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We Found a Hat

By Jon Klassen

Candlewick Press, 56 pages, $22

Klassen's understated, hilarious, dark and deadpan hat books (I Want My Hat Back and This is Not My Hat) have long been a highlight in children's literature. Though he frequently collaborates as an artist for picture books and middle-grade novels, he's at his best when illustrating his own stories, squeezing out every bit of creepy humour at his own pace. The conclusion to his hat trilogy takes place in a gorgeous desert landscape. Two turtles – one sweet, one calculating, both dopey – find a hat that seemingly doesn't belong to anyone. They both try it on, and, after realizing that there is no possible way to pick who gets to keep a hat that looks equally awesome on both, they decide to leave the hat alone and go to sleep. One of the turtles, however, has another plan. Those who have read and loved the previous two books in the hat series might assume they know how this one will end, but Klassen proves once again he can still surprise with a finale – even if this one is coming a turtle's pace away.

The Liszts

By Kyo Maclear and Julia Sarda

Tundra Books, 40 pages, $22

The Liszts like their lists; it's how they keep their lives in order. Each member of the macabre family has their interests that they express in numerical order: Mama makes lists of illnesses and soccer players; Frederick, the youngest child, makes lists of fun things to do. Illustrated in a gilded art-deco style, every page could be an art print hanging in a Parkdale apartment (on one page, Winifred, the oldest child, is listening to Nina Hagen and Radiohead records). One day, a visitor arrives. He's a funny looking fellow with bushy dark hair and a long black coat – the type of guy who, if he wandered into your house unannounced one day, you'd take notice of. Unfortunately, since he's not on anyone's list, most of the family pretty much ignores him; the Listzts' lists don't allow for much wiggle room. It's not until Edward, the middle child, decides that maybe not everything worth doing needs to be planned in advance that the rest of the family learns to let loose a little bit.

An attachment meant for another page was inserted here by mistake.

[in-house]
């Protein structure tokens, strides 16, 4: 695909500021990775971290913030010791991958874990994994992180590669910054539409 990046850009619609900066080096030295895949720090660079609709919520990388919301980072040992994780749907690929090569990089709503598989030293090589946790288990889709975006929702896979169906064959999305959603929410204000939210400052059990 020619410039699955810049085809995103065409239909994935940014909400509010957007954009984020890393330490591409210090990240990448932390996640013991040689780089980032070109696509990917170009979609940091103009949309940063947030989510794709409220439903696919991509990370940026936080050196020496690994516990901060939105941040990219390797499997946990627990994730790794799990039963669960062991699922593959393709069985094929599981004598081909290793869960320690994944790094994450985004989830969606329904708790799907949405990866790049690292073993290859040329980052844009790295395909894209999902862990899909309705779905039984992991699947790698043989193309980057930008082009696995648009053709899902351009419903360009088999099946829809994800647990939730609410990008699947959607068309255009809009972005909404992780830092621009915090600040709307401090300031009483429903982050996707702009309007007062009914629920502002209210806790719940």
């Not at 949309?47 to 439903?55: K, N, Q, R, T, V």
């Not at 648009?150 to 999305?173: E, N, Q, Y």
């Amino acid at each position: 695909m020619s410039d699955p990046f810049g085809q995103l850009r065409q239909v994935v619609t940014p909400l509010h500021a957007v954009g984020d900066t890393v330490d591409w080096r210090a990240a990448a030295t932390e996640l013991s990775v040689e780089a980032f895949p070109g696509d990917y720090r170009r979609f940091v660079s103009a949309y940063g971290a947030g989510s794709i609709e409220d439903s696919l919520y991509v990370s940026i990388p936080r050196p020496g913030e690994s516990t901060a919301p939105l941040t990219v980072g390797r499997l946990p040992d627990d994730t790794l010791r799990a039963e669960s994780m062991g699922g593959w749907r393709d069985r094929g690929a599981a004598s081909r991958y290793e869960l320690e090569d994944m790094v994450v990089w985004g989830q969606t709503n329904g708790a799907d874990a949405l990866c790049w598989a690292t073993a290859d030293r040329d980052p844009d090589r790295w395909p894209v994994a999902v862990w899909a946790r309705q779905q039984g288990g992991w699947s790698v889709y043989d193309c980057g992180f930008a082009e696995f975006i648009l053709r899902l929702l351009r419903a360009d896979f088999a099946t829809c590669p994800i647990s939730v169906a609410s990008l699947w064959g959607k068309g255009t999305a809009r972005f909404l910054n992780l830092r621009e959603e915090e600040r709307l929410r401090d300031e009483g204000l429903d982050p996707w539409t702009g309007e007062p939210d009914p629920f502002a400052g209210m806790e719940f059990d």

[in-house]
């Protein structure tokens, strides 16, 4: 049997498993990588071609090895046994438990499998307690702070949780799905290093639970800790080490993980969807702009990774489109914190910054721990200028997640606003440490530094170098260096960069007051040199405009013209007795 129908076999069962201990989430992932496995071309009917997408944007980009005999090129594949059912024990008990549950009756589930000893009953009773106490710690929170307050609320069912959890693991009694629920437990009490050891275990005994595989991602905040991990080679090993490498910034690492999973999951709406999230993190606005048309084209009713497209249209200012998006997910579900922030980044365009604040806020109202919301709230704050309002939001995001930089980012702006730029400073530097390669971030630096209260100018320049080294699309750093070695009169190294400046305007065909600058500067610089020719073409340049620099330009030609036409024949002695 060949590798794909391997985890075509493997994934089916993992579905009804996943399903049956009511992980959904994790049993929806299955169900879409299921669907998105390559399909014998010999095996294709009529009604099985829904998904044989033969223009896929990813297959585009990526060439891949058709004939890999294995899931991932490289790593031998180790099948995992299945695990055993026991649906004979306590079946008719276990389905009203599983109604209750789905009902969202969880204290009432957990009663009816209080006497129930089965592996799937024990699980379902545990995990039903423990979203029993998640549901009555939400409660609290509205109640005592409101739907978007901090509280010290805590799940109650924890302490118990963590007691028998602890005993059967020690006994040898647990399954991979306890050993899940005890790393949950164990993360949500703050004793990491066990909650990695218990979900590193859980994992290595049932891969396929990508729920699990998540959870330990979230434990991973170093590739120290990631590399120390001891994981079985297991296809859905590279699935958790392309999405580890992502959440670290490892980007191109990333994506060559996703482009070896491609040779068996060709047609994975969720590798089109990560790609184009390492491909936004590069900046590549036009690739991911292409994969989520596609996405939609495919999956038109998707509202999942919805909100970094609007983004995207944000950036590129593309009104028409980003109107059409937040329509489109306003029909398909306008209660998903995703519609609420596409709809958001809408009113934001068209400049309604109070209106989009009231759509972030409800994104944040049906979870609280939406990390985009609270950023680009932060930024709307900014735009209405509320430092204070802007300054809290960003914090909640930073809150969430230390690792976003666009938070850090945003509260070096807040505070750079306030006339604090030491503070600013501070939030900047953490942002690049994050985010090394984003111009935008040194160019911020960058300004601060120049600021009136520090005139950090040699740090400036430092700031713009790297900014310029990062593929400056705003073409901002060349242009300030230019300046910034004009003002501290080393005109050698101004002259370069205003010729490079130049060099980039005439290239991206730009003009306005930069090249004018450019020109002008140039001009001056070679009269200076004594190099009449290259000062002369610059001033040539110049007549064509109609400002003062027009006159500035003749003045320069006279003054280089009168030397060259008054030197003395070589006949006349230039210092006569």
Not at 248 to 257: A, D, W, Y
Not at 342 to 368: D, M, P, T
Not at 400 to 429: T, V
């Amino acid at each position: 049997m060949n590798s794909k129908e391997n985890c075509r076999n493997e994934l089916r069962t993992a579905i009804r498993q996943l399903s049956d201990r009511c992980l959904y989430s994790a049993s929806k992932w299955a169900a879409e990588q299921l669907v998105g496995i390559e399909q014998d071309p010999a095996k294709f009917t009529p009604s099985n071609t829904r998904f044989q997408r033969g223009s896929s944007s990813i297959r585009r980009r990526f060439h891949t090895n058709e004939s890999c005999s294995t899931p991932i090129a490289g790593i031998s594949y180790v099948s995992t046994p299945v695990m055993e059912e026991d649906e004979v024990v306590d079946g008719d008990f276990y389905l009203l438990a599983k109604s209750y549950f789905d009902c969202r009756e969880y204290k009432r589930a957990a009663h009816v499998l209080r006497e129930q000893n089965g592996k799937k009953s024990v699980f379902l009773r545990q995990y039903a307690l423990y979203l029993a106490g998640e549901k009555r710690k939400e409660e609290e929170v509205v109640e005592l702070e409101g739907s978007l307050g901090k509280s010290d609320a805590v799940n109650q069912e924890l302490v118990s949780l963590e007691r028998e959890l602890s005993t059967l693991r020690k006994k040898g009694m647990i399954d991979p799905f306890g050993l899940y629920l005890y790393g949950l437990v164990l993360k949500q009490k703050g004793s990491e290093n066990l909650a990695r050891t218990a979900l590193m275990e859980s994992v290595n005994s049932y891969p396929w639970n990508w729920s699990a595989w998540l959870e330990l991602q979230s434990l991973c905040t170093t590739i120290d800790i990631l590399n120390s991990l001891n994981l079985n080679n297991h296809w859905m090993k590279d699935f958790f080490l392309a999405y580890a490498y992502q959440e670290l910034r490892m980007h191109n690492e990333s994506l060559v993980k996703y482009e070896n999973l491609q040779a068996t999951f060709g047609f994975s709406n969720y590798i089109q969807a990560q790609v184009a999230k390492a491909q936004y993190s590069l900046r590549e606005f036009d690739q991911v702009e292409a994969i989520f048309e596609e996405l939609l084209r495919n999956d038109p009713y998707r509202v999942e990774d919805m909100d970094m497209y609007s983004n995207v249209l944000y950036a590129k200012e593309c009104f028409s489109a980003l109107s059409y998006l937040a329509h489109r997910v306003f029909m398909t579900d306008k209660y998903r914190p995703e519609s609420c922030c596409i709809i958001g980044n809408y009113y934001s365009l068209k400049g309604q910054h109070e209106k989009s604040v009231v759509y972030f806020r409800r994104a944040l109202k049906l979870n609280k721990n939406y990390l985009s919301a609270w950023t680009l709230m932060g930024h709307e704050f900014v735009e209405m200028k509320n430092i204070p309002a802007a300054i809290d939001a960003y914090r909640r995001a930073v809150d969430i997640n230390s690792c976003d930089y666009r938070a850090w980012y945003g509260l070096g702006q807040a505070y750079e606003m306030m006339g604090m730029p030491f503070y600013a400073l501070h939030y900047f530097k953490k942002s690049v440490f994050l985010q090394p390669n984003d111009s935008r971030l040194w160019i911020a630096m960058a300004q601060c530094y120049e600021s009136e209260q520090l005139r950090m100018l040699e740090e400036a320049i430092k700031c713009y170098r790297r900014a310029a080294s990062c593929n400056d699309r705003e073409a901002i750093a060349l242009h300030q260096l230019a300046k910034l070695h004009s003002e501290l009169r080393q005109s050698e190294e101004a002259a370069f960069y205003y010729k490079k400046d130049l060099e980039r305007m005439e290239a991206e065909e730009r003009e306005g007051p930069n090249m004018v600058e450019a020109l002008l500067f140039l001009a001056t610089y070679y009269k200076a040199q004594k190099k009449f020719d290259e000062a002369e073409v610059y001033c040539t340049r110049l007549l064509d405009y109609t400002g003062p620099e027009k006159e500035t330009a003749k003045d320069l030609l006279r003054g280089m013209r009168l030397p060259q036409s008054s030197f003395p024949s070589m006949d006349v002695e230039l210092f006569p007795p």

Friend or Foe?

By John Sobol and Dasha Tolstikova

Groundwood Books, 32 pages, $19

There is a small house beside a great palace. In the house lives a mouse; every night, he climbs along the rafters onto the roof and looks up at the palace. In the palace lives a cat; every night, she climbs up the stairs to the palace tower and looks down on the house. Every night, the cat and mouse stare at each other; that's just the way it is. One night, the mouse decides he's bored of this routine. He wants to find out if the cat is his friend or foe and finds a way to sneak into the palace to get an answer. The story is stark and ambiguous, with illustrations done in shades of grey and the occasional red. It's this understatedness that lets the book's sly humour land; the page in which the cat reacts to the mouse in the palace is genuinely hilarious. Inquisitive young readers will have a lot to discuss by the book's conclusion.

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